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Vietnam could halt imports of wheat containing thistle seed -report
HANOI, Oct 11 (Reuters) - Vietnam might halt imports of wheat cargoes containing cirsium arvense, or thistle seed, while suggesting local importers should seek supplies from Kazakhstan, Australia and Argentina, local media reported on Thursday.
Wheat importer Vietnam, whose main suppliers include Russia, Australia and Canada, has been battling with imported wheat contaminated with thistle seed since May and has sought measures to stop the issue.
From Nov. 1, cargoes containing cirsium arvense will be re-exported, state-run Vietnam Television (VTV) reported, adding the nation's agriculture ministry is also considering a halt to imports of contaminated cargoes without giving a timeframe.
"The situation is increasingly dangerous and there is a high risk this weed can intrude into Vietnam ... and cause incalculable consequences," VTV cited Hoang Trung, head of the agriculture ministry's plant protection department, as saying.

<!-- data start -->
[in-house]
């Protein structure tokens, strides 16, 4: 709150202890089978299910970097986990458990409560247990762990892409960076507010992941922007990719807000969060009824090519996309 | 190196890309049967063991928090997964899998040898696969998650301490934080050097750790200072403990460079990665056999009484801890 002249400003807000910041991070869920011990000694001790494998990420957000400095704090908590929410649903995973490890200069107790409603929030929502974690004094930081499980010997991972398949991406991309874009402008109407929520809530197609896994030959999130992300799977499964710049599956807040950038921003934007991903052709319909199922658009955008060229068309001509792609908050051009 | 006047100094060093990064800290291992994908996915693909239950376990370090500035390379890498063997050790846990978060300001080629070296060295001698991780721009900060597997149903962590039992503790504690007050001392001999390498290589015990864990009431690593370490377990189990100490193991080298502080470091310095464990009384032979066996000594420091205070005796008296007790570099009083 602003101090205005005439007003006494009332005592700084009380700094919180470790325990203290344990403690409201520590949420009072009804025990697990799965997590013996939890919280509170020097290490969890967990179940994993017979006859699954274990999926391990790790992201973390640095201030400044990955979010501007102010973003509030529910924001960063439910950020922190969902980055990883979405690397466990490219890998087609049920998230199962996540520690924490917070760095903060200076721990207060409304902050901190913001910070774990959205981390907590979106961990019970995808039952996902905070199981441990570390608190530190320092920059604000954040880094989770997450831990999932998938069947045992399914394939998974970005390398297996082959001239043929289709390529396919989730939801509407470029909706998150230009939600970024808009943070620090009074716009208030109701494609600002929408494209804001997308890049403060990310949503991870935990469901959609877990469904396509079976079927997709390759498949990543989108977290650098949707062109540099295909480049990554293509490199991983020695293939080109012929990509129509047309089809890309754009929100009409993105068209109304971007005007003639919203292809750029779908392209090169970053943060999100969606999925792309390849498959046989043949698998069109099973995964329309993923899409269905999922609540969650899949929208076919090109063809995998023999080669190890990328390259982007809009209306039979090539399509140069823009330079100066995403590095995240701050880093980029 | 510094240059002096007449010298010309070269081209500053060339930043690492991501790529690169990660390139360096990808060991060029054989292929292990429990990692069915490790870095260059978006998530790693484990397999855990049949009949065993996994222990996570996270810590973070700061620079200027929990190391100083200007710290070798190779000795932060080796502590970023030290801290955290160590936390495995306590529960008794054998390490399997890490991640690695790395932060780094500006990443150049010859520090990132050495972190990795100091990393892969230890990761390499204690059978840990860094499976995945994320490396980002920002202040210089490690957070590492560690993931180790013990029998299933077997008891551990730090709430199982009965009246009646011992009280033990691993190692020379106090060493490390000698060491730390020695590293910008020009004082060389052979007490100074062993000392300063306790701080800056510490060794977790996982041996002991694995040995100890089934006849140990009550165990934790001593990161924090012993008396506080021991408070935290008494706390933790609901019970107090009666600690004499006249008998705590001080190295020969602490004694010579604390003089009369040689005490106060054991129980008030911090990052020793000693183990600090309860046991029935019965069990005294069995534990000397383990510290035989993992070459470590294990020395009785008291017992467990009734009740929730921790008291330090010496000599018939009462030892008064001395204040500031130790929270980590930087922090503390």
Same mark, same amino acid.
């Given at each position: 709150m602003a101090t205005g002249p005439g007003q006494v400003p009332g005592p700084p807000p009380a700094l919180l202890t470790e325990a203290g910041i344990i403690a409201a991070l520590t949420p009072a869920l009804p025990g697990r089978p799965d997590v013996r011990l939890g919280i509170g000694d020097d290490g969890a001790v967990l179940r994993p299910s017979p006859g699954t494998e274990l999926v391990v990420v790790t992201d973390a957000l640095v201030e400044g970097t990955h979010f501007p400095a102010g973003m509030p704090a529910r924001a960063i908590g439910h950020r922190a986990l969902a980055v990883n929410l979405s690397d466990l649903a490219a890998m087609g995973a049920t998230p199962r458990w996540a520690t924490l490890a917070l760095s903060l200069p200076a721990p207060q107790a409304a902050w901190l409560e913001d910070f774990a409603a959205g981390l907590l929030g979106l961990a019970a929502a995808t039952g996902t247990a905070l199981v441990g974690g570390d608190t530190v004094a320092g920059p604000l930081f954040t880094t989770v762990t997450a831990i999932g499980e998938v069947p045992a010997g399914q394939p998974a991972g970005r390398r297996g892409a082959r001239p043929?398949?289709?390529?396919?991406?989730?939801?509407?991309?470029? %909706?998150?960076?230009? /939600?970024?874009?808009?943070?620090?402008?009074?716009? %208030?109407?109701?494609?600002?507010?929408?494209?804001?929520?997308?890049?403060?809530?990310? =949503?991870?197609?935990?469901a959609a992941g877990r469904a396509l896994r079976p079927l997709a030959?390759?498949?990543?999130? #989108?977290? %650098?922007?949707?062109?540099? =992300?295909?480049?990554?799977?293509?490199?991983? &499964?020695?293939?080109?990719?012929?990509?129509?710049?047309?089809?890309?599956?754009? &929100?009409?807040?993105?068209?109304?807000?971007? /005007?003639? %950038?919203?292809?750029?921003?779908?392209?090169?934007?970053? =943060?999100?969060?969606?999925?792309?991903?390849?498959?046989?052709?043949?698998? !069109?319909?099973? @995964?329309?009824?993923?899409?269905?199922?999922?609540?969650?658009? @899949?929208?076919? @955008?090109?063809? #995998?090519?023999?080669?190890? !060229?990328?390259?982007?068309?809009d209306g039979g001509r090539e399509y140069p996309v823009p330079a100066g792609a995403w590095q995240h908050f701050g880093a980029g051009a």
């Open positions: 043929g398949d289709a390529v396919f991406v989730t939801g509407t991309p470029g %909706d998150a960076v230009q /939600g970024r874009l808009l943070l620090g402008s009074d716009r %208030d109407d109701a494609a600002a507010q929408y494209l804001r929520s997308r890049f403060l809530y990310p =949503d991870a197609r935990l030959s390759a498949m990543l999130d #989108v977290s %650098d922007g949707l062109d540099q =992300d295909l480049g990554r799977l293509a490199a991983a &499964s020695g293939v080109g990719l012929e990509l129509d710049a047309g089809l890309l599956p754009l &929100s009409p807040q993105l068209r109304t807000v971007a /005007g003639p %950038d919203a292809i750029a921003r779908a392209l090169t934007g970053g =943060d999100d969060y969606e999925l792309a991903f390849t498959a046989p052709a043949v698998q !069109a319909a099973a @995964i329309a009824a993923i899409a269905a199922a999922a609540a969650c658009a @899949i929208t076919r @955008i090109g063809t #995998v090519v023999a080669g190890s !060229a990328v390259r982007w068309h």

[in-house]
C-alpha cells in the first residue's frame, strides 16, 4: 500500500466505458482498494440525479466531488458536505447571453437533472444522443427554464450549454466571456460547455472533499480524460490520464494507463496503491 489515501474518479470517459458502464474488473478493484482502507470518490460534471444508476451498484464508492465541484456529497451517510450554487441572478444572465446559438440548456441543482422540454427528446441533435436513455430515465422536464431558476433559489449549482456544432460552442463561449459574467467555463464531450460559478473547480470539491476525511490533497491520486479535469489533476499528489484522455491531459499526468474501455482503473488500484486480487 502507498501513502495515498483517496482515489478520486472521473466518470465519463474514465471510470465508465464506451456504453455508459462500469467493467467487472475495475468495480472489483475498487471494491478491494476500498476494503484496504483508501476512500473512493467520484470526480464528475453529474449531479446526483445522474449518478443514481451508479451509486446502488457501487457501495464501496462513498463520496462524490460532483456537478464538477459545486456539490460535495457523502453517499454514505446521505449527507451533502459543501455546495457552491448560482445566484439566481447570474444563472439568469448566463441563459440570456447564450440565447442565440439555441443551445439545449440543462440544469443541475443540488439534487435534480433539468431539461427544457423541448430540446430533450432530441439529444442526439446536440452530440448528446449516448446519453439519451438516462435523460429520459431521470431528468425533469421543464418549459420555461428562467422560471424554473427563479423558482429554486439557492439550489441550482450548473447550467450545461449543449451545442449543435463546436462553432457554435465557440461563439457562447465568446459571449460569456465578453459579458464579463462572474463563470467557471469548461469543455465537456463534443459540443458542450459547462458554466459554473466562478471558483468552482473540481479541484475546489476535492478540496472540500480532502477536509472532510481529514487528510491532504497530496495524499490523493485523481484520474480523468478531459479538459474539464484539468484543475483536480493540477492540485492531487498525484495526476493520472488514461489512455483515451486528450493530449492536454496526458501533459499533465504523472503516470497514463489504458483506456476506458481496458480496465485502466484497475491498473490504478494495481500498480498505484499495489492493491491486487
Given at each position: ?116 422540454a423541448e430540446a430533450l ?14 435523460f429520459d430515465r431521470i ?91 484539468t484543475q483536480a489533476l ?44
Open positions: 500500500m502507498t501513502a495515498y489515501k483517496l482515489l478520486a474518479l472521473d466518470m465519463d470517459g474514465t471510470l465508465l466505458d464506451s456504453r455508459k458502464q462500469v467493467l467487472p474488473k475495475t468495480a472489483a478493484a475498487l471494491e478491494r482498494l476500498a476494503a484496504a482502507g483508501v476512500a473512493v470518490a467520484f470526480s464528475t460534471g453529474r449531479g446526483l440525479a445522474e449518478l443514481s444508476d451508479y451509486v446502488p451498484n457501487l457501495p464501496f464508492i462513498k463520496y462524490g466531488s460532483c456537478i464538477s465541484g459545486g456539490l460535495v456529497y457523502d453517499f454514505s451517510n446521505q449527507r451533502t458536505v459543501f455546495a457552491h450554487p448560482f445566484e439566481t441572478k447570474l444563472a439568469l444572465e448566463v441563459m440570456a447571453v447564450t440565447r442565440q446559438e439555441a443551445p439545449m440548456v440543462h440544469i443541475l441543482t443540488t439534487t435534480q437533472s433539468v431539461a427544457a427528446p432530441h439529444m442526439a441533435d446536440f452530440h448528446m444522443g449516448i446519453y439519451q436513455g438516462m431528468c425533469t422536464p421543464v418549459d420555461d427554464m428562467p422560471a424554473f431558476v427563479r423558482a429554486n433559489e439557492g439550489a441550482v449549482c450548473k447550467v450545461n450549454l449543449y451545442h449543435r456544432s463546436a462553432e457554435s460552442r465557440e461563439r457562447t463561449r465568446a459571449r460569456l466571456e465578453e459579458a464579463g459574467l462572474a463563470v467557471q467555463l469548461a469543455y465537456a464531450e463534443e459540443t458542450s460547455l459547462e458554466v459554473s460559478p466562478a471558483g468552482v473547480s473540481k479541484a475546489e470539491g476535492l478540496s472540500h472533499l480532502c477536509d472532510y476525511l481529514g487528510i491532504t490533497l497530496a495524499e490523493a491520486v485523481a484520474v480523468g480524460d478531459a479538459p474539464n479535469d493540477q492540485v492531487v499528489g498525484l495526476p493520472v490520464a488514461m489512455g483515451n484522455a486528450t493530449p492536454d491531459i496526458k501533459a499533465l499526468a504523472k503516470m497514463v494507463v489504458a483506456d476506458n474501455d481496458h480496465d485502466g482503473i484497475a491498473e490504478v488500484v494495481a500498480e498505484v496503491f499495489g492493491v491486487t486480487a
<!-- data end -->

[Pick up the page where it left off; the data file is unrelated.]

Trung said if the seeds are spread in Vietnam, cattle cannot eat them and other countries could immediately create technical trade barriers or ban imports of Vietnamese goods.
Agricultural production, including rice, coffee and seafood, is a major driver of growth in Vietnam, while the economy is also heavily reliant on trade.
Vietnam imported 3.99 million tonnes of wheat in the first nine months of 2018, up 8 percent from the same period last year, among which 57 percent was from Russia and 22 percent from Australia, customs data showed.
Trung suggested wheat importers in Vietnam could increase imports from alternative and thistle-free countries such as Kazakhstan, Australia or Argentina, the VTV report said.
Trung did not answer calls to his mobile phone outside of office hours.
Russia said it will inspect grain loading at ports due to complaints from major buyers about falling crop standards, the head of agriculture safety watchdog Rosselkhoznadzor was quoted as saying by the RIA news agency on Thursday. (Reporting by Mai Nguyen, editing by David Evans)
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